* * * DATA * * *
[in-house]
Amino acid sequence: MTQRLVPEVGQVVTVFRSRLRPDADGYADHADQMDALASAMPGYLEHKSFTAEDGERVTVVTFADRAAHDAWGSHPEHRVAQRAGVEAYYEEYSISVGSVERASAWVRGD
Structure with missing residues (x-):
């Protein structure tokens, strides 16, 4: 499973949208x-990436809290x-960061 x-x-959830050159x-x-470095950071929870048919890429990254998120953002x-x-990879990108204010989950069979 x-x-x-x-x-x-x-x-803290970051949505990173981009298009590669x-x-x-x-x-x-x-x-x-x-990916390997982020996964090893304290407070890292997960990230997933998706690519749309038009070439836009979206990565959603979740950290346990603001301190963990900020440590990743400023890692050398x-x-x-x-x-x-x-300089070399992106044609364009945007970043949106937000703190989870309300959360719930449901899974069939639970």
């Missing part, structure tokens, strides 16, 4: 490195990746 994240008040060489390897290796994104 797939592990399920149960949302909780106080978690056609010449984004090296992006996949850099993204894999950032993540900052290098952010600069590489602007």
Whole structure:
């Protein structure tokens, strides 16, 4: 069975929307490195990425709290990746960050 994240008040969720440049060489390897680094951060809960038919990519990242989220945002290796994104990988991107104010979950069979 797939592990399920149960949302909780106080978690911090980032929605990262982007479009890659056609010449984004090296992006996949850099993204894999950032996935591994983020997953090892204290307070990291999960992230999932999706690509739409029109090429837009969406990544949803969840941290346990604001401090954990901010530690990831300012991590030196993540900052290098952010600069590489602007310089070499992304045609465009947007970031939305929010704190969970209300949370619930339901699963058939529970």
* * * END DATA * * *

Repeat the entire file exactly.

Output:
[in-house]
Amino acid sequence: MTQRLVPEVGQVVTVFRSRLRPDADGYADHADQMDALASAMPGYLEHKSFTAEDGERVTVVTFADRAAHDAWGSHPEHRVAQRAGVEAYYEEYSISVGSVERASAWVRGD
Structure with missing residues (x-):
């Protein structure tokens, strides 16, 4: 499973949208x-990436809290x-960061 x-x-959830050159x-x-470095950071929870048919890429990254998120953002x-x-990879990108204010989950069979 x-x-x-x-x-x-x-x-803290970051949505990173981009298009590669x-x-x-x-x-x-x-x-x-x-990916390997982020996964090893304290407070890292997960990230997933998706690519749309038009070439836009979206990565959603979740950290346990603001301190963990900020440590990743400023890692050398x-x-x-x-x-x-x-300089070399992106044609364009945007970043949106937000703190989870309300959360719930449901899974069939639970």
């Missing part, structure tokens, strides 16, 4: 490195990746 994240008040060489390897290796994104 797939592990399920149960949302909780106080978690056609010449984004090296992006996949850099993204894999950032993540900052290098952010600069590489602007």
Whole structure:
């Protein structure tokens, strides 16, 4: 069975929307490195990425709290990746960050 994240008040969720440049060489390897680094951060809960038919990519990242989220945002290796994104990988991107104010979950069979 797939592990399920149960949302909780106080978690911090980032929605990262982007479009890659056609010449984004090296992006996949850099993204894999950032996935591994983020997953090892204290307070990291999960992230999932999706690509739409029109090429837009969406990544949803969840941290346990604001401090954990901010530690990831300012991590030196993540900052290098952010600069590489602007310089070499992304045609465009947007970031939305929010704190969970209300949370619930339901699963058939529970």